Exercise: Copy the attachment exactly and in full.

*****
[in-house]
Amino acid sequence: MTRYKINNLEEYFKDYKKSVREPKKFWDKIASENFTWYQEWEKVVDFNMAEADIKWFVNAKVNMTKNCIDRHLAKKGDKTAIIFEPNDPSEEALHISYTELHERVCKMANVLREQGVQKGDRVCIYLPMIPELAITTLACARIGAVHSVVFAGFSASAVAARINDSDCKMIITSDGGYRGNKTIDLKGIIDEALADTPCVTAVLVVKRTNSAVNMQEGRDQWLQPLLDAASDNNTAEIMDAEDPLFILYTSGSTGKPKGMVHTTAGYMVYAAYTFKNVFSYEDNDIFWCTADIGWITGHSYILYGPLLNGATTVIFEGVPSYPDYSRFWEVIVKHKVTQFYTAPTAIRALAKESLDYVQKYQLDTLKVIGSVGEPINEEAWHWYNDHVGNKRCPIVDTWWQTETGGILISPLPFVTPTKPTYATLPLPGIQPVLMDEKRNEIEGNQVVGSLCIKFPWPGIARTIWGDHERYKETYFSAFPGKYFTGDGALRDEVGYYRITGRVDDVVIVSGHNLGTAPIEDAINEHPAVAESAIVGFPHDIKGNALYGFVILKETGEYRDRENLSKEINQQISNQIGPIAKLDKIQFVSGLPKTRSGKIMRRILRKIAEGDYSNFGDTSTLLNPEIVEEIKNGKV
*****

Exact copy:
[in-house]
Amino acid sequence: MTRYKINNLEEYFKDYKKSVREPKKFWDKIASENFTWYQEWEKVVDFNMAEADIKWFVNAKVNMTKNCIDRHLAKKGDKTAIIFEPNDPSEEALHISYTELHERVCKMANVLREQGVQKGDRVCIYLPMIPELAITTLACARIGAVHSVVFAGFSASAVAARINDSDCKMIITSDGGYRGNKTIDLKGIIDEALADTPCVTAVLVVKRTNSAVNMQEGRDQWLQPLLDAASDNNTAEIMDAEDPLFILYTSGSTGKPKGMVHTTAGYMVYAAYTFKNVFSYEDNDIFWCTADIGWITGHSYILYGPLLNGATTVIFEGVPSYPDYSRFWEVIVKHKVTQFYTAPTAIRALAKESLDYVQKYQLDTLKVIGSVGEPINEEAWHWYNDHVGNKRCPIVDTWWQTETGGILISPLPFVTPTKPTYATLPLPGIQPVLMDEKRNEIEGNQVVGSLCIKFPWPGIARTIWGDHERYKETYFSAFPGKYFTGDGALRDEVGYYRITGRVDDVVIVSGHNLGTAPIEDAINEHPAVAESAIVGFPHDIKGNALYGFVILKETGEYRDRENLSKEINQQISNQIGPIAKLDKIQFVSGLPKTRSGKIMRRILRKIAEGDYSNFGDTSTLLNPEIVEEIKNGKV